Newsom Backs Down on Churches

By Alyssa Erdley

2/8: Over the weekend, California Governor Gavin Newsom agreed to change the current lockdown guidelines regarding places of worship in which all indoor worship is prohibited. Newsom's change in policy follows a United States Supreme Court Ruling in favor of South Bay United Pentecostal Church and against the State of California. The court, split 6-3 along ideological lines, ruled that the government cannot ban indoor worship. The government may, however, restrict capacity to 25% of maximum occupancy and ban singing and chanting.

Conservative Justices Neil Gorsuch and Clarence Thomas argued for no ban on occupancy rates and no ban on singing. Another conservative Justice, Samuel Alito, was in favor of giving the government a 30-day opportunity to prove such restrictions necessary.

Justices Amy Coney Barrett and Brett Kavanaugh, both appointed by former President Trump, disagreed regarding the ban on singing. They held the state could ban singing and chanting because the plaintiff church had not shown sufficient evidence the rule prohibiting such activity was discriminatory.

The three progressive Justices, Elena Kagan, Stephen Bryer, and Sonia Sotomayor, held that the government should be allowed to do whatever was in their power to slow the spread of the coronavirus pandemic. "Justices of this Court are not scientists," they wrote in their dissenting opinion. Because of their lack of scientific expertise, the judges held, they did not feel they could make rulings that required them to act as experts. Instead, the state should be allowed to create policy and law according to medical evidence they had gathered. Then, these same justices, after making the claim they were not scientists and knew nothing about epidemiology, went on to claim that allowing indoor worship "risks worsening the epidemic." So, they thought they were experts in epidemiology, after all.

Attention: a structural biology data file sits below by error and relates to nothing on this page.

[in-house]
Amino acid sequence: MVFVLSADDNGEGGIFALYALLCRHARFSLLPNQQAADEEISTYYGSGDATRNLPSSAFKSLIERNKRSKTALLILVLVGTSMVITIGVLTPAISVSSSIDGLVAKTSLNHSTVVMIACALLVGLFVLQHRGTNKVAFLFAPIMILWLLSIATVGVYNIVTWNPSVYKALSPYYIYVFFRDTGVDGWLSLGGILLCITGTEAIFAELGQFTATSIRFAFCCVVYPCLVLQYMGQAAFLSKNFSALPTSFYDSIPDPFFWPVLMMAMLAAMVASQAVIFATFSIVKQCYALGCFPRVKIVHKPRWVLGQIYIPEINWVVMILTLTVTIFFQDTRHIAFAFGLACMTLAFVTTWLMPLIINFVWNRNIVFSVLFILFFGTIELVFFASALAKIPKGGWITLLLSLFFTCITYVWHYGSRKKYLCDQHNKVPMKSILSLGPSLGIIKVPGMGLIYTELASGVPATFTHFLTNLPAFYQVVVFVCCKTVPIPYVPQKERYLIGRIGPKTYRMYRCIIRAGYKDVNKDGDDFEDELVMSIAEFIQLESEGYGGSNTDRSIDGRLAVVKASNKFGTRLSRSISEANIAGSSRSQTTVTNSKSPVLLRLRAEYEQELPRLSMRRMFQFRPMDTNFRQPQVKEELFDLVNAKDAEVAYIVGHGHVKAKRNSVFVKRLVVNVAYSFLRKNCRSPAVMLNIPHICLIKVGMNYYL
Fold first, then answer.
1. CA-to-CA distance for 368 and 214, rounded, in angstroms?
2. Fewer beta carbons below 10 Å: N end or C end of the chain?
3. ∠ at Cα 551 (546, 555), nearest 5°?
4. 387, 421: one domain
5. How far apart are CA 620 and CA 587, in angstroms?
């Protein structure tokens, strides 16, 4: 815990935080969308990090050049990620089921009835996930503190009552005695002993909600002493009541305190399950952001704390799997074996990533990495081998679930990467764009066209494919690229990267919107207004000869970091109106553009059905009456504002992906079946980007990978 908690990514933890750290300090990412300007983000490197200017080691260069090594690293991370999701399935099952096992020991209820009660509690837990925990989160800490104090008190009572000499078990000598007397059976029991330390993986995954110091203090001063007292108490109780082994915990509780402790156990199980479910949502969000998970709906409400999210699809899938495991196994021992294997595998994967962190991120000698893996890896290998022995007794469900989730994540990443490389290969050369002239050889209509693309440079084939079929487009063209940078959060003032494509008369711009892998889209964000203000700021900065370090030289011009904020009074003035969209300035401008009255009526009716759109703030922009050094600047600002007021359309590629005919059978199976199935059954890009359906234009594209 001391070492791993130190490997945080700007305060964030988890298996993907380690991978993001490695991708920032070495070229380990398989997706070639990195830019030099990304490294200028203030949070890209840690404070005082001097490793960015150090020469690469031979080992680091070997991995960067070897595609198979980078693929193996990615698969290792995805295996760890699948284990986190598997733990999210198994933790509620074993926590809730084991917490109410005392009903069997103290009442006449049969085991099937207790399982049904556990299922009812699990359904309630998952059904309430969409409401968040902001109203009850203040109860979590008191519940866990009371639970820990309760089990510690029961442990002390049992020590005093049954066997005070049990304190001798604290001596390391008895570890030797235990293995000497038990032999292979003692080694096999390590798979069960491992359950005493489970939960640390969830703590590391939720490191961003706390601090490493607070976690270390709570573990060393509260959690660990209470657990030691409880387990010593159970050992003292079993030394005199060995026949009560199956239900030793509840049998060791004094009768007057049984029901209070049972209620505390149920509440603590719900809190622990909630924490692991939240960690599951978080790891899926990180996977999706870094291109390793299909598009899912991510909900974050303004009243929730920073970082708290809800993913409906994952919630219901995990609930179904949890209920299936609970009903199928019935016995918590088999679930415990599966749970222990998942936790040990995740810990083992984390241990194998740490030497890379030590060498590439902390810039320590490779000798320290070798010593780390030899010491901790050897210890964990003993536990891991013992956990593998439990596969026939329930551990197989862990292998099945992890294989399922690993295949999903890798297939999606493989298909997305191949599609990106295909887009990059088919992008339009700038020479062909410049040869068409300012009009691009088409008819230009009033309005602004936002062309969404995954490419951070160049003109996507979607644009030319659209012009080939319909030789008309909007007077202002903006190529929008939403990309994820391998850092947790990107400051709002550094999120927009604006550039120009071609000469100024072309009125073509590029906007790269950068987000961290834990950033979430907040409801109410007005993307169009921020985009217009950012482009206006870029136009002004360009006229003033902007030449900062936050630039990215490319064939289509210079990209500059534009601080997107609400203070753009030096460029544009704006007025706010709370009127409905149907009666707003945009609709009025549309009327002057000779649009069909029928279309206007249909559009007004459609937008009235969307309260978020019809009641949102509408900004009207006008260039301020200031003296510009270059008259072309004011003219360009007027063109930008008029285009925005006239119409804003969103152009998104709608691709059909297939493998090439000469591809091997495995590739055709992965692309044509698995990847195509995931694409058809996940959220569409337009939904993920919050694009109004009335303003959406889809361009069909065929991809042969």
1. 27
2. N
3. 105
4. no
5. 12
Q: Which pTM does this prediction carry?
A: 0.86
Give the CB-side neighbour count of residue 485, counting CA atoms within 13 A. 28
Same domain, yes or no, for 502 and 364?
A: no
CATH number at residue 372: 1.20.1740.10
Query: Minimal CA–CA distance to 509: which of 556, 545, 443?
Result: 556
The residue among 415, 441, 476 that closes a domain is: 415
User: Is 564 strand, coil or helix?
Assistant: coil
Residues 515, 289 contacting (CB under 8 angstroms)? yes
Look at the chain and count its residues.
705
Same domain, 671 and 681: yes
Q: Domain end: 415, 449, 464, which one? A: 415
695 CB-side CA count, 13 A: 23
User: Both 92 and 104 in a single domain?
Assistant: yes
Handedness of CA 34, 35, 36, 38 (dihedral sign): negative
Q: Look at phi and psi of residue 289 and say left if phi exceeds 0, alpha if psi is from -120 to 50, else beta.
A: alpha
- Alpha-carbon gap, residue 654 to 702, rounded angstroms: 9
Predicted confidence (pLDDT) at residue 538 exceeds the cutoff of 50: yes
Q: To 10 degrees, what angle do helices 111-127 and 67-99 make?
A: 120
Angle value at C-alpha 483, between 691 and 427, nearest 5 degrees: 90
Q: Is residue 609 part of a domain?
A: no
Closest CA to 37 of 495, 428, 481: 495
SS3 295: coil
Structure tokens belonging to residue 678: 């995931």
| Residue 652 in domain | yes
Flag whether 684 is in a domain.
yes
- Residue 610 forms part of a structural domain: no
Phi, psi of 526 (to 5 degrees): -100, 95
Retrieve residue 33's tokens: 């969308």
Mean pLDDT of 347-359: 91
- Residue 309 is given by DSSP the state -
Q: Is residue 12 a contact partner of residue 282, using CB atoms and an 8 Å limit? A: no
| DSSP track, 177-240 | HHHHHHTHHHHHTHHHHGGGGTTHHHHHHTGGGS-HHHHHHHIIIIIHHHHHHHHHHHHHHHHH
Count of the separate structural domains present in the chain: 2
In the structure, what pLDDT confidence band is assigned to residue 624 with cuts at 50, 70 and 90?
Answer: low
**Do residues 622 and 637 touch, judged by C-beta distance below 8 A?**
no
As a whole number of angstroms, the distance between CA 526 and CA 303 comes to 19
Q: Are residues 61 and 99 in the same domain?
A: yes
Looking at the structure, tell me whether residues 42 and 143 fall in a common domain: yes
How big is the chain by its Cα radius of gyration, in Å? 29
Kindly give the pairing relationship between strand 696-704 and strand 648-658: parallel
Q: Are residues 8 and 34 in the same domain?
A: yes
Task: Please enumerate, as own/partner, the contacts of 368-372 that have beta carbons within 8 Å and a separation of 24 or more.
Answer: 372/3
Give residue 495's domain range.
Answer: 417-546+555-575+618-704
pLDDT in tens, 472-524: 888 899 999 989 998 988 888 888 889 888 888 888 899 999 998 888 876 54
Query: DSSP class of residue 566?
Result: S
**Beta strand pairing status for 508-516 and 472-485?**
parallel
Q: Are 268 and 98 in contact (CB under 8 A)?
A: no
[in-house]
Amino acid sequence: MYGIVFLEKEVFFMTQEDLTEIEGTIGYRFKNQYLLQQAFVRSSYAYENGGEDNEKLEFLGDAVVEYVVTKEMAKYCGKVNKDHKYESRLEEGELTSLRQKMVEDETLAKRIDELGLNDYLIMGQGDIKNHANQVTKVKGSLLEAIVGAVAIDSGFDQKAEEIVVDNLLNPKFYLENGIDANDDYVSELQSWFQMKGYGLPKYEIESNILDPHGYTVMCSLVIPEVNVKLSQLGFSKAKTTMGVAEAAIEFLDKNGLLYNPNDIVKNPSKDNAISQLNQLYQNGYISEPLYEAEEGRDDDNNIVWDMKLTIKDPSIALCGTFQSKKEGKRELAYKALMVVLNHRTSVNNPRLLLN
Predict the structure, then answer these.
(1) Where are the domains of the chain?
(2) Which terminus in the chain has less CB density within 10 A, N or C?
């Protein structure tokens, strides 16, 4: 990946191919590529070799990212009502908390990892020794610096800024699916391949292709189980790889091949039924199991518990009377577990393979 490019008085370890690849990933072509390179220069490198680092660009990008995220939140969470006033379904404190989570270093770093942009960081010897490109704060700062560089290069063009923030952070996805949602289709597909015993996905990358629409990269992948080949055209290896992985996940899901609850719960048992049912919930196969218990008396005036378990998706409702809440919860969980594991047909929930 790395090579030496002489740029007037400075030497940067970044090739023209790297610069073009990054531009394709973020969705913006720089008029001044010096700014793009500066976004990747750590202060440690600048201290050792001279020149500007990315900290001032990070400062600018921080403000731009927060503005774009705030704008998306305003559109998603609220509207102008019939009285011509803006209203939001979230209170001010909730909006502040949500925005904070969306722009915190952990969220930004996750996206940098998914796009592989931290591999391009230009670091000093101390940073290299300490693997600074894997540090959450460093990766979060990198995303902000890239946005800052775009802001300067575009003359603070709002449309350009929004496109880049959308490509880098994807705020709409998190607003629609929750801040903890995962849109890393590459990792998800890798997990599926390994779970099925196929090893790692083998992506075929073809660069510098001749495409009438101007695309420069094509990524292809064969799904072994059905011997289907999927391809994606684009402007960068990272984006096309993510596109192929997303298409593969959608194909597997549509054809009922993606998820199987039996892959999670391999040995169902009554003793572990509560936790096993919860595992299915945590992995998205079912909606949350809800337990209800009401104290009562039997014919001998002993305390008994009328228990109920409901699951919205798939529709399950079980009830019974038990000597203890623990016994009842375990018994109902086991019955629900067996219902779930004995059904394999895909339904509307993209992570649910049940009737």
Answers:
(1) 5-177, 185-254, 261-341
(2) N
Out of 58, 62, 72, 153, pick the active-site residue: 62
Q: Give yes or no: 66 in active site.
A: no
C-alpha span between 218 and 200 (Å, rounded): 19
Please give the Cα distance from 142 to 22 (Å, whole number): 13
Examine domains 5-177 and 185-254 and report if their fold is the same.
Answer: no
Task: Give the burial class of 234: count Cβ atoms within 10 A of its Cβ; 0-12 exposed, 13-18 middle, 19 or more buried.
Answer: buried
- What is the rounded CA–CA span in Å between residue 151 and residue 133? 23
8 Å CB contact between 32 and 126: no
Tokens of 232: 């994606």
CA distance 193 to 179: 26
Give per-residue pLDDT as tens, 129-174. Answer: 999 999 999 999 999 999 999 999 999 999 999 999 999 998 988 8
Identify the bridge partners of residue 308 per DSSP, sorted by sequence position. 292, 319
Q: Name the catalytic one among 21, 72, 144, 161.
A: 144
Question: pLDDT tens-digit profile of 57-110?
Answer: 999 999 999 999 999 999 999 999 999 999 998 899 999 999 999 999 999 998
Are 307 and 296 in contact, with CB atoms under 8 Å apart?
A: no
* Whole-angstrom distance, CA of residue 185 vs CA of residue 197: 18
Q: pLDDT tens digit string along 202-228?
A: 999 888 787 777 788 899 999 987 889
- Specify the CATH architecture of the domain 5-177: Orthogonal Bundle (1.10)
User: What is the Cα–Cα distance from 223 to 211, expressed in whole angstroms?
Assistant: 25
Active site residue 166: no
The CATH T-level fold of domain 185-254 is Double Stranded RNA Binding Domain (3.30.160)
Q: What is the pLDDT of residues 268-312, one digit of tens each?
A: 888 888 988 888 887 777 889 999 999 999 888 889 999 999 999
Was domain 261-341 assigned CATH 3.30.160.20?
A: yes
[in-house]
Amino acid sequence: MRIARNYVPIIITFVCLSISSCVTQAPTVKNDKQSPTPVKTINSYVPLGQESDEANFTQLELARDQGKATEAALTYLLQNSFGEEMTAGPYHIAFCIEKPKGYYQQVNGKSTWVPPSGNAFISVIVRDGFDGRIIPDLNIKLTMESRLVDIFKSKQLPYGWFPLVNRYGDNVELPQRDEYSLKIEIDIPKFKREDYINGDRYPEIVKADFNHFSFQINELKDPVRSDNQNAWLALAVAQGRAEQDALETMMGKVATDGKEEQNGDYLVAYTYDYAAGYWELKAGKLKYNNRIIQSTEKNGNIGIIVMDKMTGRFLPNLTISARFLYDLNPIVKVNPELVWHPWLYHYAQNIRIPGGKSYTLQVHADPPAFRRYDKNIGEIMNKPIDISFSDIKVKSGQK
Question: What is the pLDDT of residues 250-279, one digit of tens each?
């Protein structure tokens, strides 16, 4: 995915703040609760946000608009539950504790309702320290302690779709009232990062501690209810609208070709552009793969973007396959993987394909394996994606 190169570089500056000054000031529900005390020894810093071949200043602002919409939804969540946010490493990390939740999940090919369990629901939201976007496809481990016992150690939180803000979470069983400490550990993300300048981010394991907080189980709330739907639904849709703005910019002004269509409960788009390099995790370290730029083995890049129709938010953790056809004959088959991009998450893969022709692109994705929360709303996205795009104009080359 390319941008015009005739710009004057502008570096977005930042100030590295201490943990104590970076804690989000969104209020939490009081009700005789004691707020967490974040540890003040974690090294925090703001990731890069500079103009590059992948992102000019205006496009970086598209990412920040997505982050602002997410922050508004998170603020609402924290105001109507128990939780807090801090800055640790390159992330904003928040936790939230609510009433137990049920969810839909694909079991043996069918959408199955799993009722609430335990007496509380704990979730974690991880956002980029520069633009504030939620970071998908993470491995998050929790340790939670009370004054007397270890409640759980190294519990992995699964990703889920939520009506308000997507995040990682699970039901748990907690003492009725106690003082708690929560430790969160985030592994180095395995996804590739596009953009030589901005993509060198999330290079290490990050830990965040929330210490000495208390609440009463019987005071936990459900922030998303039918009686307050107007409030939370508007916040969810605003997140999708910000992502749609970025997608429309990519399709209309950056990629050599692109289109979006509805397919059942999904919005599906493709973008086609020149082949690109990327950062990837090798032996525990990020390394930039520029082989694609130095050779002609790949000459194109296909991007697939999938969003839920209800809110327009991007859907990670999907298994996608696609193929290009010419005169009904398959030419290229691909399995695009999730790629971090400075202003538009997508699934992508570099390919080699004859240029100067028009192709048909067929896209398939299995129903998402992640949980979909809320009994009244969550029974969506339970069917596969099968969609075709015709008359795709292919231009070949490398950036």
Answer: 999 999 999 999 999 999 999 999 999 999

It is unlikely that any houses of worship in Santa Monica will take advantage of the state's new guidelines. Most religious communities in this city are comprised of people who are highly conservative in their view of appropriate coronavirus response and will not wish to take any risks.


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